Our gardening tip: Fuchsia only blooms well into autumn if there is sufficient fertilization. If the supply of nutrients is stopped too early, the plant will grow but will not flower.

How do I water my fuchsias correctly?

An even water supply with soft water is important when caring for fuchsias. How often it needs to be watered depends largely on the size of the plant, the location, the radiation and the volume of the soil. It is therefore difficult to make a general watering recommendation. In the summer months it may be necessary to water every day, but no excess water should be left in the saucer. Cover pots without water drainage are unsuitable because waterlogging causes root damage. It is best to water in the morning so that the water is available to the plant throughout the day. Watering in the evening can easily lead to fungal diseases of the leaves, especially in cool phases. To increase the humidity, they can be sprayed with low-lime water (e.g. rainwater). It is important here that the wetting should never take place in sunshine.

Our gardening tip: It is important that the soil dries out a little before watering again and only then watered again. On hot days, the leaves wilt due to temperature, not lack of water. If in doubt, you should therefore use your finger to check whether the soil contains sufficient moisture. However, fuchsias must never dry out, as dry soil quickly damages the roots and leaves fall as a result.

How do I fertilize my fuchsias?

If there is sufficient supply of nutrients, the summer flowers will grow and bloom perfectly. Use a long-term balcony flower fertilizer directly when planting. This gives the plants a good start and they are well supplied with the slow-acting depot fertilizer for the first few weeks on the balcony. 4 to 6 weeks after planting, it is advisable to start with liquid flower fertilizer with guano. In this way, the summer bloomers receive all the important nutrients as well as vitalizing humic substances. Dose the fertilizer according to the instructions on the package and feed your flowering plants continuously until late summer. From September you can minimize the nutrient supply and completely stop it in the winter quarters.

Our gardening tip: Long-term fertilizer sticks for balcony plants are a practical way of optimally supplying the plants with fertilizer without having to add liquid fertilizer every week. It is also a practical solution for single plants.

How do you overwinter fuchsias?

Fuchsia are woody plants. In our climate, most varieties do not survive the cold season outdoors and freeze to death at temperatures below 0 °C. If you would like to enjoy your fuchsias in the coming year as well, overwintering is possible. A frost-free place with temperatures around 5 °C and some light is suitable.With dark hibernation, the risk of failure is greater. At high temperatures in the winter quarters, the subshrubs are too vigorous and unstable in spring. From November to February, the flowering plant requires little water. From the end of February, a bright and 10 to 15 °C warm location is recommended, and the watering is increased. From the end of April, the perennial bloomer can be brought outdoors. First place the old plants in a shady place near a house wall. By gradually acclimating to outdoor conditions, you will avoid leaf damage. It is important that you protect the plants from night frost and avoid too much direct sunlight.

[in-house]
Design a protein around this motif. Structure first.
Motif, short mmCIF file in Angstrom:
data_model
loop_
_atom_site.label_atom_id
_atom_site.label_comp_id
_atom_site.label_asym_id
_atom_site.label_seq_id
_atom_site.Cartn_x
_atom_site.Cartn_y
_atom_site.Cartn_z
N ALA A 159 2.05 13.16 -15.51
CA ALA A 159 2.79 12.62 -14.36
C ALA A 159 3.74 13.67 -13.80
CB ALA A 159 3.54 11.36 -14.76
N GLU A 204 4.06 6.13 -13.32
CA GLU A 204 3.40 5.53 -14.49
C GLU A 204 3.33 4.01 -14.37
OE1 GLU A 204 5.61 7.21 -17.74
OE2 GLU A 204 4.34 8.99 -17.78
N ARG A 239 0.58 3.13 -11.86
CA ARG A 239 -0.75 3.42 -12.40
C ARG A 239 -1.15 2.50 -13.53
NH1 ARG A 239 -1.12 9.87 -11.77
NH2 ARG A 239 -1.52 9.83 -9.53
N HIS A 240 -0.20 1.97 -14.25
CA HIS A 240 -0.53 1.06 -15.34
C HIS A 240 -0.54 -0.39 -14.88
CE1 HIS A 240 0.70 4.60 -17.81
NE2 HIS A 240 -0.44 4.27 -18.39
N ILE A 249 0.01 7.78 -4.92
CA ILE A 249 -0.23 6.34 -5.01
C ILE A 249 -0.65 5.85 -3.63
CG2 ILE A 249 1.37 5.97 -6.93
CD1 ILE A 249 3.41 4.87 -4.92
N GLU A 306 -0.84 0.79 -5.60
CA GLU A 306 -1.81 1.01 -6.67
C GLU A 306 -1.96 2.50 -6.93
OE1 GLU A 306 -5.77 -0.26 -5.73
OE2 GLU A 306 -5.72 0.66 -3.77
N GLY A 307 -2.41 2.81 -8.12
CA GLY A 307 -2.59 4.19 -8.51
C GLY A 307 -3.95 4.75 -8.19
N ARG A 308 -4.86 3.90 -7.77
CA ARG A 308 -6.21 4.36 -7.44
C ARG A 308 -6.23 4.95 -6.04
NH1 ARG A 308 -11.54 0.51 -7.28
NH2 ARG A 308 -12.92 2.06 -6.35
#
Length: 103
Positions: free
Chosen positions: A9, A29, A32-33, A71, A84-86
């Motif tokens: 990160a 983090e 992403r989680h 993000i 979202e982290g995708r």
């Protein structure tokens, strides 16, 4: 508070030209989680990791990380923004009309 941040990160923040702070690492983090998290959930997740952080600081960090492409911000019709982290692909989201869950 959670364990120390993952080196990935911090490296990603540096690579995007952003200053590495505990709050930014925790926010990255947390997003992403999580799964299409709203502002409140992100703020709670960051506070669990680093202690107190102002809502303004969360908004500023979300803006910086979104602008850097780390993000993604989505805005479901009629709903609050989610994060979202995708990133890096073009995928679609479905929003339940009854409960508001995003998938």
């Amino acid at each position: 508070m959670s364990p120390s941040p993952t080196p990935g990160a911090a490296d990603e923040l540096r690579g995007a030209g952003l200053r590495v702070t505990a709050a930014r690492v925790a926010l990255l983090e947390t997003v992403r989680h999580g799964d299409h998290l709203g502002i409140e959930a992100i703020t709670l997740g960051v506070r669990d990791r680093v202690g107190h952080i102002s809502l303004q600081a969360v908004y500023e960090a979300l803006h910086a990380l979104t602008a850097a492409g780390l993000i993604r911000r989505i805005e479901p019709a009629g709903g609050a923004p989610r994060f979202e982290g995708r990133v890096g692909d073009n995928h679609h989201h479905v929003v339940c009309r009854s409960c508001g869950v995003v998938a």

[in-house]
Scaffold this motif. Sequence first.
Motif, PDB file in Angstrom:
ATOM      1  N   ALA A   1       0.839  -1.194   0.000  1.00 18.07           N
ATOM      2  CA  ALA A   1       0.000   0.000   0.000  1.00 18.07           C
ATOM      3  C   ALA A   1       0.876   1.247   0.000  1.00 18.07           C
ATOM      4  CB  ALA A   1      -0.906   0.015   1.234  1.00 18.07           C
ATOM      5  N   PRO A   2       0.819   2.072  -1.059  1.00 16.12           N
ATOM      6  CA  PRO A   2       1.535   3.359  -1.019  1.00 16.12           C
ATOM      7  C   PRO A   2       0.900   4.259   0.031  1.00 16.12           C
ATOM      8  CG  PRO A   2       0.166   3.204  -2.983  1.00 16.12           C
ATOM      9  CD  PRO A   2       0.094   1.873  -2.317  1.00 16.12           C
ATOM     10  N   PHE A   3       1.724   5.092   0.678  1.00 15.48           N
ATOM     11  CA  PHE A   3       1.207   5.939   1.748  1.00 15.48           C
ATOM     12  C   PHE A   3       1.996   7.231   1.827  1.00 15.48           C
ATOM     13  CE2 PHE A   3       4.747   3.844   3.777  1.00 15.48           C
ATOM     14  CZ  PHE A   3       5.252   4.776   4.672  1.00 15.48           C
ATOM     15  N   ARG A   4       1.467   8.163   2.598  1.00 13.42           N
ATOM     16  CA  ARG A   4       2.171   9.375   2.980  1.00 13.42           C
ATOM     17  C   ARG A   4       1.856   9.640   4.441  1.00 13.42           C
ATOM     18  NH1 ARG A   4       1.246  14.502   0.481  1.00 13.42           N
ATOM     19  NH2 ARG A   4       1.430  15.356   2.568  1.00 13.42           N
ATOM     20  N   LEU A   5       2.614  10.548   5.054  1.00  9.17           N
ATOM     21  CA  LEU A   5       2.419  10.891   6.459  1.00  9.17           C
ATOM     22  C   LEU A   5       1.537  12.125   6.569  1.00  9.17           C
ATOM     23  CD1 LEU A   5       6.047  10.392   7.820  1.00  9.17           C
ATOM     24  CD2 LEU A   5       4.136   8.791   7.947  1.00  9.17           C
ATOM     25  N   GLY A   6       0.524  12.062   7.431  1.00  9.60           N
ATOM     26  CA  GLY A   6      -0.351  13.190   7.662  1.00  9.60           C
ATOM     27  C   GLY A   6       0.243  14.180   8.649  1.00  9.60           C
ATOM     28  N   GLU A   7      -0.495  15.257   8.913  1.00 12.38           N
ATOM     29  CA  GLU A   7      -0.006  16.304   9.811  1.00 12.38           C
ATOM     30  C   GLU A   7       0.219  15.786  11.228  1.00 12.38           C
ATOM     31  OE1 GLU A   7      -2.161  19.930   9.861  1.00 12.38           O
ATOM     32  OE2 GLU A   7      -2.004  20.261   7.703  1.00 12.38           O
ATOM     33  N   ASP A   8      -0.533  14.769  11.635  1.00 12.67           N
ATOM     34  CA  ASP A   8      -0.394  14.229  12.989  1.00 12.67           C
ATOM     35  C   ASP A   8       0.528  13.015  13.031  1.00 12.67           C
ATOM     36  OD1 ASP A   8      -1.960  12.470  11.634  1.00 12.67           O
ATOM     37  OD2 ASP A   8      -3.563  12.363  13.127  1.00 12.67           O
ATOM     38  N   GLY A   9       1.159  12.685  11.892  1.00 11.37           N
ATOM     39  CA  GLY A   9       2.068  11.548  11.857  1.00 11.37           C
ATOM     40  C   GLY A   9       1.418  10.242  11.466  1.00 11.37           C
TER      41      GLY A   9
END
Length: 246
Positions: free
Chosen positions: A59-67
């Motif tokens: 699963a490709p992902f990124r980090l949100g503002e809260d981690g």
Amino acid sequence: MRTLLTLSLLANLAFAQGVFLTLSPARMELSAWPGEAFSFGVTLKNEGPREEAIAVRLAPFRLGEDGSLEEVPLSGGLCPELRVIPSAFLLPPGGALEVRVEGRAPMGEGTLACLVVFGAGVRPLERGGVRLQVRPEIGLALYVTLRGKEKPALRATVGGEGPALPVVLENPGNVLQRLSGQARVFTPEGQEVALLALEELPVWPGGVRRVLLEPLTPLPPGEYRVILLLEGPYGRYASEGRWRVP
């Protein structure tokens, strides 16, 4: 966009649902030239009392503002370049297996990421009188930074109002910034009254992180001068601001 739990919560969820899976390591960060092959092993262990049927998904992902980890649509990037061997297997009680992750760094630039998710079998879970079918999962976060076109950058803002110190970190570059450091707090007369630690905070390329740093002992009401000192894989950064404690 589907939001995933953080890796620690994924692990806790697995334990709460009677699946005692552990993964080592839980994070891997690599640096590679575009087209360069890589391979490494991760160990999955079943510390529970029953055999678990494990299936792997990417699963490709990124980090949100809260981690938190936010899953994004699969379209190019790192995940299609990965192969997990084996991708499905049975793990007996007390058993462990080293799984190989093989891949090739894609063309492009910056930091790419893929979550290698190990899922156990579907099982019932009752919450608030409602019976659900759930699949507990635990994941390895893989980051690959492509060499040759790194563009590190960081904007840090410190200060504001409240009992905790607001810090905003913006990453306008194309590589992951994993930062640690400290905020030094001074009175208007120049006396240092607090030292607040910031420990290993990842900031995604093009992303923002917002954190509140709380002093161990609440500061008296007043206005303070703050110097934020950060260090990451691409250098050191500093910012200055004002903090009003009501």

Our gardening tip for overwintering: Cutting back before wintering has the advantage that less space is required. To do this, cut back the plants by half to two-thirds on the old shoots. Shoots can be cut back to 3 pairs of eyes. Without pruning, the fuchsia forms long shoots and the willingness to flower decreases. The cut is always about 4 to 6 millimeters above an eye. After hibernation, shorten any existing thin shoots and thus promote bushy new shoots.

What types of fuchsias are there?

There are many different varieties of bedding and balcony plants. Depending on the growth, the form of use varies. When it comes to growth, a distinction is made between:

  • upright Types:
    mainly for balcony boxes, as solitary plants and for planting out in beds
  • hanging types:
    predestined for hanging baskets, balcony boxes and tall containers
  • semi-hanging types:
    for balcony boxes or containers

Depending on the natural growth, growth forms can be created horticulturally. Columns, trunks, solitaires and hanging baskets were created from the respective varieties. A high stem is a fuchsia grown from a vigorous cutting.